“[Social workers] have to do it all. We have to understand what the human experiences are, and we have to bring those human experiences, either through ourselves but preferably through the people, to the halls of policy making. We bring that perspective that very few, if any other, professions bring.”

Dr. Linda Plitt Donaldson, Dr. Kristie Holmes, &
Dr. Charles E. Lewis, Jr.

For a variety of reasons, social workers in the United States, unfortunately, often avoid becoming actively engaged in the political process. In this podcast, Drs. Linda Plitt Donaldson, Kristie Holmes, and Charles E. Lewis, Jr. discuss the importance of social workers pushing past their reticence and becoming more involved in the political process. The panel shares their thoughts and suggests a range of approaches from advocacy to running for political office.

Linda Plitt Donaldson, MSW, PhD, has been on the faculty of the National Catholic School of Social Service since 2004, bringing extensive experience in nonprofit social service management and public policy advocacy. Prior to teaching at NCSSS, Dr. Donaldson worked for ten years in a community-based homeless services agency in Washington, D.C., providing direct service; directing programs in advocacy, social justice, and family services; and developing affordable housing. Prior to her nonprofit experience, Dr. Donaldson was a legislative fellow for the late Senator Paul Wellstone, working on the mental health components of Senator Wellstone’s single payer health plan and his and Mrs. Wellstone’s domestic violence initiative, called the Wellstone Initiative for Safe Homes. Dr. Donaldson continues to maintain a small consulting practice to train and develop the advocacy, organizing, and social change capacity of human service agencies and grassroots communities.


Kristie Holmes, PhD, LCSW, specializes in topics related to global health, gender, and media and the impact of technology on social relationships. She has spent a significant amount of time in the past five years working on projects related to the United Nations Millennium Development Goals, which included work with the agency Zero Mothers Die and the Millennia 2025 Foundation. She has acted as moderator for an NGO at the United Nations Commission on the Status of Women and participated as a panelist at the Women Leaders Forum as part of the United Nations General Assembly. Currently, she serves on the board of the United Nations Women U.S. National Committee and works with Give an Hour, which donates clinical time to veterans in need of services who are often on a waiting list. Holmes ran for Congress in 2014 in California’s District 33.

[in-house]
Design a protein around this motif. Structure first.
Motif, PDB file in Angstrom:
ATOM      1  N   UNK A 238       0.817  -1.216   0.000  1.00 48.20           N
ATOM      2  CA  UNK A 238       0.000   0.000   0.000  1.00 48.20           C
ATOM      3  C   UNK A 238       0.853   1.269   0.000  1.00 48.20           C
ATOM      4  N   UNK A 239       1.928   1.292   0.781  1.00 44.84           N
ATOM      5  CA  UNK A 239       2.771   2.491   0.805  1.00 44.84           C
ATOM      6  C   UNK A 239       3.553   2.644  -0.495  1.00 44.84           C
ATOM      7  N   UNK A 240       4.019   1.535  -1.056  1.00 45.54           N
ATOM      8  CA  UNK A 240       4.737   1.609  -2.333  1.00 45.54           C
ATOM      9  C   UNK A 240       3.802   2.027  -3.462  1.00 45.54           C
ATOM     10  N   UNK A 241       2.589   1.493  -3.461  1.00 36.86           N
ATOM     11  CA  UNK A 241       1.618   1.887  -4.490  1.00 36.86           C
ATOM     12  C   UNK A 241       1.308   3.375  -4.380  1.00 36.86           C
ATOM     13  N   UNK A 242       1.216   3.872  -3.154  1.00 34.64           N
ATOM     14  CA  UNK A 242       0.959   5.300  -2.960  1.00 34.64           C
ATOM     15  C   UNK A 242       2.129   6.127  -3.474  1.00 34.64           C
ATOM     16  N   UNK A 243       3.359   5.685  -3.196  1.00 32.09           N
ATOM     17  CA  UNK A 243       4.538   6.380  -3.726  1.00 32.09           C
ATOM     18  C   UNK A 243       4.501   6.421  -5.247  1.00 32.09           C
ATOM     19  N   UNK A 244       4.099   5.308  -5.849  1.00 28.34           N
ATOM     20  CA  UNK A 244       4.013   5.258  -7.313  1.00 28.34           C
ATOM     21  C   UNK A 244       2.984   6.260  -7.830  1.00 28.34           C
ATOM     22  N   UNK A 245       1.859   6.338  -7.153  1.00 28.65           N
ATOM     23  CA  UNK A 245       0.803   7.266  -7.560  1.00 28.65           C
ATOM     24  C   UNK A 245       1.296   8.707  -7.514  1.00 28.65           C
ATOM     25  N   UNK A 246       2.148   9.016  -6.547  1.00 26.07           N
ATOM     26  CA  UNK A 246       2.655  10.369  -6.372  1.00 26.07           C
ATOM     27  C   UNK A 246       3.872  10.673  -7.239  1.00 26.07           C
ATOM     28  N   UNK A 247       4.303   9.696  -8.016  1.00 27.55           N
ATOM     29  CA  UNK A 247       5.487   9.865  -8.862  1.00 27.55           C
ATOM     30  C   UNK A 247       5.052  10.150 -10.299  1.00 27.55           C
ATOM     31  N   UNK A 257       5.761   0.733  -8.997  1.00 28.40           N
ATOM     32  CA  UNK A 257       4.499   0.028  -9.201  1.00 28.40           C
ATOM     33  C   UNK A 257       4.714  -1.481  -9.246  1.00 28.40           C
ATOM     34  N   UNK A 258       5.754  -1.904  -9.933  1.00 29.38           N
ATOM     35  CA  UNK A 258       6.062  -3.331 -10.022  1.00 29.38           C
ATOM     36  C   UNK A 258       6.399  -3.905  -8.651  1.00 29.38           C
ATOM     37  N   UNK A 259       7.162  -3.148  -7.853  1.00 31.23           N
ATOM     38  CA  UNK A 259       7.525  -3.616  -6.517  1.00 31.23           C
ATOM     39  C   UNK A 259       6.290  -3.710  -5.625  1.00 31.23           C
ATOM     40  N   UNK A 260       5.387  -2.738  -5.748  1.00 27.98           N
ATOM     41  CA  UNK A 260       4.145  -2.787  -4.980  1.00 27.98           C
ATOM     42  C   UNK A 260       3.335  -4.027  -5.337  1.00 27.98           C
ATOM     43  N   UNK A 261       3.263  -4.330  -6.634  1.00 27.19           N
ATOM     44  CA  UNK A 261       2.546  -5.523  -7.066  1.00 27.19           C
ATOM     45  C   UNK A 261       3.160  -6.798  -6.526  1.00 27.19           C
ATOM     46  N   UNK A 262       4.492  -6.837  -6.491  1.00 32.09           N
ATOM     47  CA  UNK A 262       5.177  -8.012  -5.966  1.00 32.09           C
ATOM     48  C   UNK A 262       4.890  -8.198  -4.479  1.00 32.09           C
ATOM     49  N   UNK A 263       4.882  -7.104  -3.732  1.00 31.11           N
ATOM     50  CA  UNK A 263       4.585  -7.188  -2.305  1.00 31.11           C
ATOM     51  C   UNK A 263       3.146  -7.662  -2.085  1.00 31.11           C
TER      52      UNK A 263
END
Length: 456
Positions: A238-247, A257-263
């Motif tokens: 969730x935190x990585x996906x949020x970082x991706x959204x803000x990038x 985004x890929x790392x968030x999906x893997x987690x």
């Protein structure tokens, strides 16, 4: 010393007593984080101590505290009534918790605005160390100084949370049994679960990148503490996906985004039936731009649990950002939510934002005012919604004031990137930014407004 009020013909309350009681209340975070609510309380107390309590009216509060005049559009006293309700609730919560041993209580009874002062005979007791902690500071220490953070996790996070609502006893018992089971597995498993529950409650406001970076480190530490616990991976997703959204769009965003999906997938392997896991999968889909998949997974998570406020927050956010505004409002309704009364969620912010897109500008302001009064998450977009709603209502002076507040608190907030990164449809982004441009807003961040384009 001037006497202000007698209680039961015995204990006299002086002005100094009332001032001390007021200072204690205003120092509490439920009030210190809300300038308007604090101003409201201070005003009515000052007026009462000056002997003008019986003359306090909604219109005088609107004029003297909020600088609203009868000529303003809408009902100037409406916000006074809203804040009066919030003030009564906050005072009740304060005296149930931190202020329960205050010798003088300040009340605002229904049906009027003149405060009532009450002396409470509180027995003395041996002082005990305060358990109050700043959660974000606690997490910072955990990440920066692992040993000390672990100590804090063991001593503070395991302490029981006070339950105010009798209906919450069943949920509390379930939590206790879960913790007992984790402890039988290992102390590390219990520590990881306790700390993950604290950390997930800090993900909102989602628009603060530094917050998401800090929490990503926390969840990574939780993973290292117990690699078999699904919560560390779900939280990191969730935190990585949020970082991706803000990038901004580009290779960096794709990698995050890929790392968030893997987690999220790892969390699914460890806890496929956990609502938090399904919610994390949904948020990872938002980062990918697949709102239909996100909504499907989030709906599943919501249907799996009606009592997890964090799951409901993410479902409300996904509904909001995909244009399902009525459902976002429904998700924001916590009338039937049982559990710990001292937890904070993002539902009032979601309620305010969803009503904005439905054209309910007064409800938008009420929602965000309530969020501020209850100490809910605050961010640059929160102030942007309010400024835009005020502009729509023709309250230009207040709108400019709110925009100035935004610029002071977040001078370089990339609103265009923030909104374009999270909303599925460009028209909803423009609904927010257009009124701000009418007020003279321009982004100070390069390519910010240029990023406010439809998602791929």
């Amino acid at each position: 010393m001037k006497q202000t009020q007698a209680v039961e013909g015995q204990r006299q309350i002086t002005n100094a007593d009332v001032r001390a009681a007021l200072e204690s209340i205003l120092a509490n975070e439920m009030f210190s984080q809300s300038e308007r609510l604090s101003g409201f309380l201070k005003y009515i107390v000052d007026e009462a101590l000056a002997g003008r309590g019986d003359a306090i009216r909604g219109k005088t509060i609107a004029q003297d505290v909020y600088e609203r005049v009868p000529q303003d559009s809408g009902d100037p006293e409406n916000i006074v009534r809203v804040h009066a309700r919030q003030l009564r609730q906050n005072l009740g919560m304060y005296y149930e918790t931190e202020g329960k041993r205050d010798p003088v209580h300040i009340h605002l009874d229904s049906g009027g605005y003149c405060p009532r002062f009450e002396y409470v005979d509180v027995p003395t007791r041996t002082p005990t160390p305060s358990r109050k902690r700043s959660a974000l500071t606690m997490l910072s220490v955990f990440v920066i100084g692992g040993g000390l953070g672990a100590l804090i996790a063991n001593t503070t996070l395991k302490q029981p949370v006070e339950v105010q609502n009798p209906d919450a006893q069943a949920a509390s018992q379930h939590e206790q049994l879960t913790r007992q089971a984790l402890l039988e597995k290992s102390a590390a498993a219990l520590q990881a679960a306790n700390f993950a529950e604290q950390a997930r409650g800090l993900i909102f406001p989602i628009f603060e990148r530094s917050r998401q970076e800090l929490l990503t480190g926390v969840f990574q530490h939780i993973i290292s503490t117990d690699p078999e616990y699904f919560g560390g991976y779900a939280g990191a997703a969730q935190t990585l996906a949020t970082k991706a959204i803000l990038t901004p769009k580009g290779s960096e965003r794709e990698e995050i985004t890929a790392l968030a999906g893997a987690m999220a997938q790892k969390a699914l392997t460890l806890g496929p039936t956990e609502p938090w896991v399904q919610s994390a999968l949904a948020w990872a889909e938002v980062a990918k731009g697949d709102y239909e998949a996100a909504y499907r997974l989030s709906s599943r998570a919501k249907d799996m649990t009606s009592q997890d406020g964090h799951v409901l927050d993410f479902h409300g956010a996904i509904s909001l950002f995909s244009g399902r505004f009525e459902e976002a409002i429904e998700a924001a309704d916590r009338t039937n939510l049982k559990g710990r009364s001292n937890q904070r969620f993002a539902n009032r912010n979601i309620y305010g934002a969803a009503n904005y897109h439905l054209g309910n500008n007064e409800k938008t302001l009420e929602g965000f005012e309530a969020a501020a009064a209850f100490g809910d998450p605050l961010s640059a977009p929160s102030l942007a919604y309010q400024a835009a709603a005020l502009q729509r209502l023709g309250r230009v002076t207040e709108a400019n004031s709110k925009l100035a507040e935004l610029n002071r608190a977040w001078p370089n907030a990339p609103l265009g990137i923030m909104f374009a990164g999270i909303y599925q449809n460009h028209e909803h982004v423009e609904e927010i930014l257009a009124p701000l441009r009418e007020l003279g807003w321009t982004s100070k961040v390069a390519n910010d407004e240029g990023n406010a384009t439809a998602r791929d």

Charles E. Lewis, Jr., MSW, PhD, is the founder and president of the Congressional Research Institute for Social Work and Policy (CRISP). CRISP is a nonprofit organization created to enhance the presence of social work in the United States Congress through its work in conjunction with the Congressional Social Work Caucus. Previously, Dr. Lewis was the deputy chief of staff and communications director for Rep. Edolphus Towns and served as the coordinator of the Social Work Caucus until Mr. Towns retired in 2013. Dr. Lewis is also a principal associate with the Development Services Group and serves as the training director for the Minority Fellowship Program, funded by the Substance Abuse and Mental Health Services Administration (SAMHSA) to support doctoral students in the field of behavioral health. Dr. Lewis was a member of the faculty of Howard University School of Social Work from 2002 until 2010, where he taught courses in social welfare policy, research, and data analysis. He earned his PhD in policy, planning, and policy analysis from Columbia University in 2002. He also has an MSW degree in clinical counseling from Clark Atlanta University. He has written numerous articles and book chapters on adolescents’ involvement with the criminal justice system.

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